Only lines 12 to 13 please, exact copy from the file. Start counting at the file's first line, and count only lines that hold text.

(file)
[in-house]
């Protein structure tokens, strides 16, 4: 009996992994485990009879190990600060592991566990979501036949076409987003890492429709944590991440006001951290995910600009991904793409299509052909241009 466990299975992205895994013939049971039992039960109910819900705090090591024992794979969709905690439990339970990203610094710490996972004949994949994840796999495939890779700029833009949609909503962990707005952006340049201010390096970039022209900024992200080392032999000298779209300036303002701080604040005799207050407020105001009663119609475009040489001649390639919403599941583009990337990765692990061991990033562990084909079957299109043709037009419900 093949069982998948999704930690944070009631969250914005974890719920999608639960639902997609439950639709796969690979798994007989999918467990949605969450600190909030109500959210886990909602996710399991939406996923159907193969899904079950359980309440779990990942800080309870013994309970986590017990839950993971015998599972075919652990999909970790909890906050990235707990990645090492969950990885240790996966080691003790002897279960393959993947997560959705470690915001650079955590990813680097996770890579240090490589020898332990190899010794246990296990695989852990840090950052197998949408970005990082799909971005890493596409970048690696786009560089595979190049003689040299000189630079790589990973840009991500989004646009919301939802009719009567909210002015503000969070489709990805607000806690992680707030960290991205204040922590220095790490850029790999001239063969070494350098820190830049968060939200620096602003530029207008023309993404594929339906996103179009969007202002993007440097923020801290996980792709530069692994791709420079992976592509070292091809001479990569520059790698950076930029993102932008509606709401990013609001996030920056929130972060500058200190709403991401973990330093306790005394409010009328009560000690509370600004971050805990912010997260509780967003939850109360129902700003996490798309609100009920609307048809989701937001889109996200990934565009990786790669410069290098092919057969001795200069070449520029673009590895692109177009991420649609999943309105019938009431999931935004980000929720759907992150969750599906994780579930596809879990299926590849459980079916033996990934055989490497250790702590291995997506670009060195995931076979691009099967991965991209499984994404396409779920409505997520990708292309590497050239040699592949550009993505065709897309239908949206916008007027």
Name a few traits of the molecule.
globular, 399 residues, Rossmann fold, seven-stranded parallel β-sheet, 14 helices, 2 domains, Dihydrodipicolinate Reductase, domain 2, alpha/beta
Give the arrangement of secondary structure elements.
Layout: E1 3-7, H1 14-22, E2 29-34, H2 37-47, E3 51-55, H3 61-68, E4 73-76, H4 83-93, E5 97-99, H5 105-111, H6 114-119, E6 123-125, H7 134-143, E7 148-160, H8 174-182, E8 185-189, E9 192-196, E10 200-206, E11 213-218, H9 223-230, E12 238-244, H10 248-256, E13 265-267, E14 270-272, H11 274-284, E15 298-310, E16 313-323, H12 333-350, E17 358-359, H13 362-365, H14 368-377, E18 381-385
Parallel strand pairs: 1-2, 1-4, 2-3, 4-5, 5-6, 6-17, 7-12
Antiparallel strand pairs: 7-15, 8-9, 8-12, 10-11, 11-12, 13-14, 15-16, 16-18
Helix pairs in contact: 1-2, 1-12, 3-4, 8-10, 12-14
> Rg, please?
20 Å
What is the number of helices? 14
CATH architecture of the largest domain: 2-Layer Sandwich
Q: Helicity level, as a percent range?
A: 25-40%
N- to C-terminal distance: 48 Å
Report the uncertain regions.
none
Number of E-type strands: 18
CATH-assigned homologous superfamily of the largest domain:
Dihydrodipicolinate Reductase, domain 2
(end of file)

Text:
What is the number of helices? 14
CATH architecture of the largest domain: 2-Layer Sandwich